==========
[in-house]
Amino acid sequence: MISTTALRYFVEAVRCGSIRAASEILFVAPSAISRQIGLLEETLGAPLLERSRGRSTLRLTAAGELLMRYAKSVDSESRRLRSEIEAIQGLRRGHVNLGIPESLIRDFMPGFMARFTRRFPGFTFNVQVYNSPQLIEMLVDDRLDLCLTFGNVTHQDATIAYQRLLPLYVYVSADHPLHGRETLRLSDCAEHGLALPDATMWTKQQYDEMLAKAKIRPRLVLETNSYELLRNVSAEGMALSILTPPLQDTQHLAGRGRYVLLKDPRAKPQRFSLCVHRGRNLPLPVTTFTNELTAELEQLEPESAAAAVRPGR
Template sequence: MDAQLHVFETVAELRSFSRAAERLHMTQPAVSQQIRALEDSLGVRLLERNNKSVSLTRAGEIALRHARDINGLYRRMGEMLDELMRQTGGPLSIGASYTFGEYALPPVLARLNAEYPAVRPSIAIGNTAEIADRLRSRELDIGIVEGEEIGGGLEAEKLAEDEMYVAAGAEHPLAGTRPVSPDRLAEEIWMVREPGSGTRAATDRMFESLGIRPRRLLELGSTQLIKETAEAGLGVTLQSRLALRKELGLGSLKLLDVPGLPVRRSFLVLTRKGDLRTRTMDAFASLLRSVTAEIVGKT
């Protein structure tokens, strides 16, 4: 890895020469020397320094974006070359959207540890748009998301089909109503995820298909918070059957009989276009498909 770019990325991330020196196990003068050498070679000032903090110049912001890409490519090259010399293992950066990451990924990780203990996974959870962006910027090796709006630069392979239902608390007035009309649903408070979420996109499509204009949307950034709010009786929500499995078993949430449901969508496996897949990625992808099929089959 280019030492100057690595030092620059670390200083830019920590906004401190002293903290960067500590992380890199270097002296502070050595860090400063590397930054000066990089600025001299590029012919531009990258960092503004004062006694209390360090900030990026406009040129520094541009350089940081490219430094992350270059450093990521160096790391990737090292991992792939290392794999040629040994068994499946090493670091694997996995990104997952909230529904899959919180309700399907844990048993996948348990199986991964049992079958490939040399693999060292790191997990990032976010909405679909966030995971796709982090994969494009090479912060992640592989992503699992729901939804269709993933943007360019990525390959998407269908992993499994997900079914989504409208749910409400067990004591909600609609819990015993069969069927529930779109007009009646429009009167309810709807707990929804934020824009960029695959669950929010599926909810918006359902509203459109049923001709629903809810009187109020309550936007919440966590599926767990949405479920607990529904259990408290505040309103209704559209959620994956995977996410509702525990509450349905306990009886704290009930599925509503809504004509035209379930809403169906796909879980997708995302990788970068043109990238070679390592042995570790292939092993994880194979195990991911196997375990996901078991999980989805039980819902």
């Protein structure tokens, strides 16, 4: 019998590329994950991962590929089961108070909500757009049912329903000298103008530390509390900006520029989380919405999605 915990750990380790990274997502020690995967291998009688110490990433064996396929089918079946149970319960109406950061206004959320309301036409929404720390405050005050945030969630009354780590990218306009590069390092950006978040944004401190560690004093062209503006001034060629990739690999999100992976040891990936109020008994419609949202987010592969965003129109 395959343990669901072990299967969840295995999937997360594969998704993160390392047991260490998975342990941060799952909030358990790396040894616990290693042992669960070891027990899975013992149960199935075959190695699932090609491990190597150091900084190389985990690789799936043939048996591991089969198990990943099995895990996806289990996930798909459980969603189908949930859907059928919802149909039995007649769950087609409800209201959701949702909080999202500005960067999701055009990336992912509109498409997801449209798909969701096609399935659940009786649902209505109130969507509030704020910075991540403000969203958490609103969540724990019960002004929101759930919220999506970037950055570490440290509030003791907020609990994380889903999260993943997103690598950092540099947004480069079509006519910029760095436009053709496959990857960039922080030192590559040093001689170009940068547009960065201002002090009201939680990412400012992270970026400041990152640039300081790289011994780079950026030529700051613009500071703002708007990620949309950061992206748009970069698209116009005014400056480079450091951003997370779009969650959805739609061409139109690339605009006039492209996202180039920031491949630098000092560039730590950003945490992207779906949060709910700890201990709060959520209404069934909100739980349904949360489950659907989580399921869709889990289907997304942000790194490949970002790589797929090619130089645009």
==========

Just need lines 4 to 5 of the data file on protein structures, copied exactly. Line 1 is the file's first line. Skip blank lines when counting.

């Protein structure tokens, strides 16, 4: 890895020469020397320094974006070359959207540890748009998301089909109503995820298909918070059957009989276009498909 770019990325991330020196196990003068050498070679000032903090110049912001890409490519090259010399293992950066990451990924990780203990996974959870962006910027090796709006630069392979239902608390007035009309649903408070979420996109499509204009949307950034709010009786929500499995078993949430449901969508496996897949990625992808099929089959 280019030492100057690595030092620059670390200083830019920590906004401190002293903290960067500590992380890199270097002296502070050595860090400063590397930054000066990089600025001299590029012919531009990258960092503004004062006694209390360090900030990026406009040129520094541009350089940081490219430094992350270059450093990521160096790391990737090292991992792939290392794999040629040994068994499946090493670091694997996995990104997952909230529904899959919180309700399907844990048993996948348990199986991964049992079958490939040399693999060292790191997990990032976010909405679909966030995971796709982090994969494009090479912060992640592989992503699992729901939804269709993933943007360019990525390959998407269908992993499994997900079914989504409208749910409400067990004591909600609609819990015993069969069927529930779109007009009646429009009167309810709807707990929804934020824009960029695959669950929010599926909810918006359902509203459109049923001709629903809810009187109020309550936007919440966590599926767990949405479920607990529904259990408290505040309103209704559209959620994956995977996410509702525990509450349905306990009886704290009930599925509503809504004509035209379930809403169906796909879980997708995302990788970068043109990238070679390592042995570790292939092993994880194979195990991911196997375990996901078991999980989805039980819902």
């Protein structure tokens, strides 16, 4: 019998590329994950991962590929089961108070909500757009049912329903000298103008530390509390900006520029989380919405999605 915990750990380790990274997502020690995967291998009688110490990433064996396929089918079946149970319960109406950061206004959320309301036409929404720390405050005050945030969630009354780590990218306009590069390092950006978040944004401190560690004093062209503006001034060629990739690999999100992976040891990936109020008994419609949202987010592969965003129109 395959343990669901072990299967969840295995999937997360594969998704993160390392047991260490998975342990941060799952909030358990790396040894616990290693042992669960070891027990899975013992149960199935075959190695699932090609491990190597150091900084190389985990690789799936043939048996591991089969198990990943099995895990996806289990996930798909459980969603189908949930859907059928919802149909039995007649769950087609409800209201959701949702909080999202500005960067999701055009990336992912509109498409997801449209798909969701096609399935659940009786649902209505109130969507509030704020910075991540403000969203958490609103969540724990019960002004929101759930919220999506970037950055570490440290509030003791907020609990994380889903999260993943997103690598950092540099947004480069079509006519910029760095436009053709496959990857960039922080030192590559040093001689170009940068547009960065201002002090009201939680990412400012992270970026400041990152640039300081790289011994780079950026030529700051613009500071703002708007990620949309950061992206748009970069698209116009005014400056480079450091951003997370779009969650959805739609061409139109690339605009006039492209996202180039920031491949630098000092560039730590950003945490992207779906949060709910700890201990709060959520209404069934909100739980349904949360489950659907989580399921869709889990289907997304942000790194490949970002790589797929090619130089645009």